RE: Upgrading Exch 5.5/Win2K Srv to 2003 versions

  • From: "Stephen Hartley" <support@xxxxxxxxxxxxxxxxx>
  • To: "'[ExchangeList]'" <exchangelist@xxxxxxxxxxxxx>
  • Date: Fri, 25 Jul 2003 09:03:02 +1000

So the machine is at least 3 years old - how long does he really expect
it to last? If you get 3 years from a machine these days without it cost
you a lot of money, you are doing well.



1.      Turn the exchange server off for two hours a day. Tell him it is
unstable. Make sure it happens at times when he will have to pay you
overtime to get it running again. (learn to play solitaire for two hours
straight without getting caught!) Gee, some people wouldn't even pay
$2.50 for a decent cup of coffee!


2.      Look for a new job..




-----Original Message-----
From: Gene O'Brien [mailto:Gene@xxxxxxxxxx] 
Sent: Friday, July 25, 2003 1:04 AM
To: [ExchangeList]
Subject: [exchangelist] Upgrading Exch 5.5/Win2K Srv to 2003 versions

Hi All,


I've reached the end of my patience with our current Exchange 5.5 server
running on a very old Compaq Proliant with Windows 2000 Server (Dual
600MHz machine).


I took over administration of this thing about 6 months ago - over the
years it has had so much crap put onto it... all sorts of demo programs
(4 or 5 different anti-virus programs, 3 different backup demos, etc),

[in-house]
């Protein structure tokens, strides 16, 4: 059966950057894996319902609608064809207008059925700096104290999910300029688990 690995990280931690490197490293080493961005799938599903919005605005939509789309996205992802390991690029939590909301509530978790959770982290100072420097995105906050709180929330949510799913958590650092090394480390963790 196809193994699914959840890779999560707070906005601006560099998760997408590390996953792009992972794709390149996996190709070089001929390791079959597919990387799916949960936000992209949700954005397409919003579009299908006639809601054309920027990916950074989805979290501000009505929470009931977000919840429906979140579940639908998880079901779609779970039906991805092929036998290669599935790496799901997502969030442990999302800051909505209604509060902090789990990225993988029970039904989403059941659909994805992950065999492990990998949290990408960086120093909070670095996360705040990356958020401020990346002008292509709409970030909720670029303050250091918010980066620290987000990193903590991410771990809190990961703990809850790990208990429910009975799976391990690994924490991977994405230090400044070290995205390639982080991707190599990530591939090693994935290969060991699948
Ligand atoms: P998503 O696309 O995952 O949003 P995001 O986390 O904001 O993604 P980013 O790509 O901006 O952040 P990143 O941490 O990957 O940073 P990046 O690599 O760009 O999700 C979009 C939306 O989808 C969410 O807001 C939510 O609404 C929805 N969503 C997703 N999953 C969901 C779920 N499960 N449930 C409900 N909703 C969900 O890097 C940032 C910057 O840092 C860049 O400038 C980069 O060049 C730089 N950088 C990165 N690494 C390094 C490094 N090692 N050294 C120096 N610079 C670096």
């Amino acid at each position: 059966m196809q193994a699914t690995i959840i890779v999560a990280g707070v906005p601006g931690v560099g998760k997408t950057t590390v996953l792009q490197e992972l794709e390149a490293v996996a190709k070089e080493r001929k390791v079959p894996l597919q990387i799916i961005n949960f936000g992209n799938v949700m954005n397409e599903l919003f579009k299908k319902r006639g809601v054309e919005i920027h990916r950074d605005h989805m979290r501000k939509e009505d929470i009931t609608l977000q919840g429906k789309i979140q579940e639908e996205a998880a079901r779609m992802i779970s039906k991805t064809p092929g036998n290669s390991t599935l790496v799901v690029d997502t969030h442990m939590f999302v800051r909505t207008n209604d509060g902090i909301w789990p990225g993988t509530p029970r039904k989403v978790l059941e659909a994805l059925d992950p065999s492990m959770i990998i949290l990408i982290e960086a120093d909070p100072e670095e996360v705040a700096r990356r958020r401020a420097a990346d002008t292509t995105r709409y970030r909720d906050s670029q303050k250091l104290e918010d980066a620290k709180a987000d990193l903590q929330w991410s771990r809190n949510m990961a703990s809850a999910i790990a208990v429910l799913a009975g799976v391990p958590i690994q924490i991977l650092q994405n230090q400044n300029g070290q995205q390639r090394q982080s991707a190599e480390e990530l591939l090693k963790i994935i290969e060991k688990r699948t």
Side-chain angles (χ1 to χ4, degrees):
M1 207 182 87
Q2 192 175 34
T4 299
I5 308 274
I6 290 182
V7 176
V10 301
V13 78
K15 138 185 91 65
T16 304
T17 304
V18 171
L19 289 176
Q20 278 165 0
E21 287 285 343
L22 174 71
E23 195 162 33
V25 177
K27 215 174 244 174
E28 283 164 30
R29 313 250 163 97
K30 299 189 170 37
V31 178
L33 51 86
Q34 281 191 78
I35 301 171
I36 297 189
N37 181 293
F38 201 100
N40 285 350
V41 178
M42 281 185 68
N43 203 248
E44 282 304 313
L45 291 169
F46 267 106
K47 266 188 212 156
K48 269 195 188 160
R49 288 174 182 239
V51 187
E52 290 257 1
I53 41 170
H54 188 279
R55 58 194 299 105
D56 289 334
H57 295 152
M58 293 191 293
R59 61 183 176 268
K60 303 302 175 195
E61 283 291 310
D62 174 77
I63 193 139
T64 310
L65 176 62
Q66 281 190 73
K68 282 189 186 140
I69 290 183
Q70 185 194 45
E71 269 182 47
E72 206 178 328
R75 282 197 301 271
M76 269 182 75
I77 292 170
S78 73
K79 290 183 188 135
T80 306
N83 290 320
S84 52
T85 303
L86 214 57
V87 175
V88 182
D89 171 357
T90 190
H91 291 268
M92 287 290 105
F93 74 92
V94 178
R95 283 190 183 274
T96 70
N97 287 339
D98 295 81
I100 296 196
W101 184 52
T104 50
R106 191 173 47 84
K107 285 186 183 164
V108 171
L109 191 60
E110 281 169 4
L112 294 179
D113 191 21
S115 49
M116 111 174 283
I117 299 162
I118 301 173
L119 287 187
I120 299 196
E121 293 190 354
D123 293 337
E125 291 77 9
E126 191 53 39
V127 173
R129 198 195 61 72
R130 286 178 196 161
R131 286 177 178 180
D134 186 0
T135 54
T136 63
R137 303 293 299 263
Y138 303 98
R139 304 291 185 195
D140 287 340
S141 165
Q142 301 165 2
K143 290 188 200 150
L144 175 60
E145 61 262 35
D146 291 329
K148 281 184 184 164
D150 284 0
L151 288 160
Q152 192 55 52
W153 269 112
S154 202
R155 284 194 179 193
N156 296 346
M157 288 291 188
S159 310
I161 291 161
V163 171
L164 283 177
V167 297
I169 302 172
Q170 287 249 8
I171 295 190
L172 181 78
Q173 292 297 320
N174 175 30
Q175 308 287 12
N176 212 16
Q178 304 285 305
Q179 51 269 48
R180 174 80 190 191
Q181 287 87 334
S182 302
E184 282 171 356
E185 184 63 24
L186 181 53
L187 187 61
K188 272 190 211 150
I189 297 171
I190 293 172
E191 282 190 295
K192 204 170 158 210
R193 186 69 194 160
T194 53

and it's just gotten to the point where I can't fumigate it enough to
keep it running without drastic slowdowns and crashes all the time.


We're a relatively small shop - 30 users.  I want to upgrade us to a
nice new inexpensive Dell server, running Windows 2003 Server with
Exchange 2003, and basically start all over again with a nice clean
install - hopefully leaving the nightmares behind me!


Problem is, the boss is the type who complains if you spend $20 on a
cable without having a damned good reason for it.  I've tried talking
sense to him about how Exchange 5.5 is not a current product, Microsoft
is retiring regular support for it in a few months, the server is old
and in bad shape, etc.. but what I really need is a 'wow' list.  What
can I show him that makes him realize it's worth investing several
thousand dollars to ring out the old and ring in the new?  


Does anyone have a 'highlights' chart or list like this?  I'm not
looking for something that shows me how much easier it is to manage, how
it integrates better with our AD structure, or anything like that... his
answer to that is that 'i'm the administrator, i should be able to make
it work'.  What i'm looking for is - what will the end user see as
benefit?  What great new 'can't live without features' will they see?


Anyone have an input for me on this one?


Thanks very much!


Gene O'Brien

Network Administrator

Three Cities Research




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